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Drawings drawn with graphite shine a lot under even a little light. The paper needs to be held at certain angle for proper viewing. Anyway to reduce or stop this?

  • Is it possible to adjust the light so that it is not in the reflection at the desired viewing angle? – rebusB Jun 10 '18 at 15:17
  • @rebusB Well light source is always not in my hand to control. So... – Bluebug Jun 10 '18 at 15:53
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Spray fixative should make the drawing more matte as well as protecting it.

You could also try a layer of acrylic matte medium, sprayed or brushed, but that would be a little more involved and riskier to the original work if it cannot handle the wet medium.

Either way do some test pieces before trying on the finished work.

I also would recommend drawing with a softer lead for dark areas, it will require less working and less material to get the tone you want, which means less buildup and less gloss.

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4

If you use graphite, then you have the properties of graphite: it conducts electricity and it shines.

To make it less shiny after using it, you most likely need to apply a layer of something which washes away (partially) the shine, but still leaves the drawing visible.

You can try some of the following:

  • special plastic sheet, used instead of glass, to protect the front of the paintings; it was especially designed for the purpose to minimize reflections;
  • apply a layer of fluid, which will cure into a non-glossy solid; e.g. hair spray, special fixating spray for graphite / charcoal / crayon drawings; linseed oil (or any other oils for painting)...

Note: before you apply anything on the original drawing, make a test on a separate piece of paper, on which you draw some shape. In that way you do not destroy the important art, trying to improve it (see below a sample of what I mean).

Be warned: I am not an artist and I did not try any of this myself (yet).

enter image description here

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  • Thank you For the suggestion ٩(๑~▽~๑)۶ – MKX Jul 21 at 5:58
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There is a type of spray that is often used by film production teams called “dulling spray”. It is a spray that kills reflections on anything, because in movies you DO NOT WANT HIGHLIGHTS.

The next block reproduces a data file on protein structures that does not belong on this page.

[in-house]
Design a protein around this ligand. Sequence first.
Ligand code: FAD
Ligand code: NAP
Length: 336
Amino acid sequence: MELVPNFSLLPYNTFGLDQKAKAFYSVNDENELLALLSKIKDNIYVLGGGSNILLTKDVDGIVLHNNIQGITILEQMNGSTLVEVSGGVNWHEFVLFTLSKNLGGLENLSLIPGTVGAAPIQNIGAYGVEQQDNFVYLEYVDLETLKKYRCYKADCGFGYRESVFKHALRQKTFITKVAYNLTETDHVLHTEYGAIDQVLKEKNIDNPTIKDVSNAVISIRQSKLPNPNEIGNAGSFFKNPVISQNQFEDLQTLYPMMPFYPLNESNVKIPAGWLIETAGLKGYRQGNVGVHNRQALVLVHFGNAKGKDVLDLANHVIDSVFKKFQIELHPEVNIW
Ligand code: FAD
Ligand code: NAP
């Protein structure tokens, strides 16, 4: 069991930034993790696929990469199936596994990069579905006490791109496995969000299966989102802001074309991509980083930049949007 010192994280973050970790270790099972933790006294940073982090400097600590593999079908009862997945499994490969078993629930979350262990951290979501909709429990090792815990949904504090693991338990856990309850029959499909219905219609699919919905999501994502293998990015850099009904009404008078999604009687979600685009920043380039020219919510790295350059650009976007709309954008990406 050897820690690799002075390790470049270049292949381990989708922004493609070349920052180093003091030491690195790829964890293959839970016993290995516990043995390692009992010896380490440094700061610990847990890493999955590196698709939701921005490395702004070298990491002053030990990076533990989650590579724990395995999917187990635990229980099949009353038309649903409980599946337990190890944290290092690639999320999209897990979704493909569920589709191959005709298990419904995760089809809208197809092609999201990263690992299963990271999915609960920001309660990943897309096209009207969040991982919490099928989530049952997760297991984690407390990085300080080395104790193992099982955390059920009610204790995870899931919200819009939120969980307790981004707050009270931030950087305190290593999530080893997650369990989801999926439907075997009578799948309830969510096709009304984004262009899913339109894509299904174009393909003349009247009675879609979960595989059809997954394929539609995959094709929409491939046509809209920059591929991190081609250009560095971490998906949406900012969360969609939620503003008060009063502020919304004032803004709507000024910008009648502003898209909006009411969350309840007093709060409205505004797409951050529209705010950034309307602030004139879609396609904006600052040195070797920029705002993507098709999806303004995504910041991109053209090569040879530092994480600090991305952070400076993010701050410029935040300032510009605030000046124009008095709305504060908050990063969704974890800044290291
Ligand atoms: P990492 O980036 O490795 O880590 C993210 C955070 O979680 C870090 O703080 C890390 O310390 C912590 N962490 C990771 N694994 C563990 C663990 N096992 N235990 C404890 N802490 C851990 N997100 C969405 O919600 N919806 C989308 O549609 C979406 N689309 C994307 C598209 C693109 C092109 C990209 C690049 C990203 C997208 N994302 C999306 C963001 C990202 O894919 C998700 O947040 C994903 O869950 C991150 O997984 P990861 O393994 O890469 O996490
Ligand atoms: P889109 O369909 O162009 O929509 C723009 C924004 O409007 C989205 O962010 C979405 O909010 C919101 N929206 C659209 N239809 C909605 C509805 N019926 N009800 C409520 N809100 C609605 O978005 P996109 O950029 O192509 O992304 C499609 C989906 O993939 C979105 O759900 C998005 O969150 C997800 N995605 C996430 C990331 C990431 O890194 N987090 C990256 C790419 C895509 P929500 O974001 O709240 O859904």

The spray is expensive and quite a challenge to come by, as the best sprays are only distributed by photography and film equipment rental shops.

If you do use it, always spray very light coats - and definitely do a test on another piece of paper before you risk ruining your work.

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  • 1
    Well that's a new piece of information indeed. Thank you. Although I'm not sure I can find it locally. I found some in Amazon. – Bluebug Jun 11 '18 at 20:37
  • this sounds like its for temorary use (while filming) for a drawing however you would need to ensure its also archival. – Vincent.W. Nov 14 '18 at 15:18
3

Vertruvian Fine Art Studio, an online drawing and painting school has a very good answer to your question, provided by instructor David Jamieson.
The shininess is "burnishing" which happens when an area is worked too much or you press too hard.
He says:

"In my experience, there are only 3 ways to prevent your pencil drawings from becoming burnished:

  • Limit the amount of graphite on the page.
  • Limit how hard you press with the pencil.
  • Limit how many times you rework an area."

More detail on these is provided in the article.

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Actually I doubt that there's a way to do that. Every drawing medium has its own traits and one of graphite is to be shiny. (To be honest, I like that a lot about graphite, so it's not a bad thing). Because of the different shininess I simply wouldn't use charcoal and graphite together in one picture. Using 7B instead of charcoal will give the drawing an even shiny effect.

You can try adding a layer of matt varnish (a spray one). It will make the overall picture matt, though I'm not sure if it works with graphite's shininess. Also your paper shouldn't be too thin or it will become wavy.

For the future you could try switching completely to charcoal. You are able to create similar drawings as the one you drew but charcoal is not shiny.

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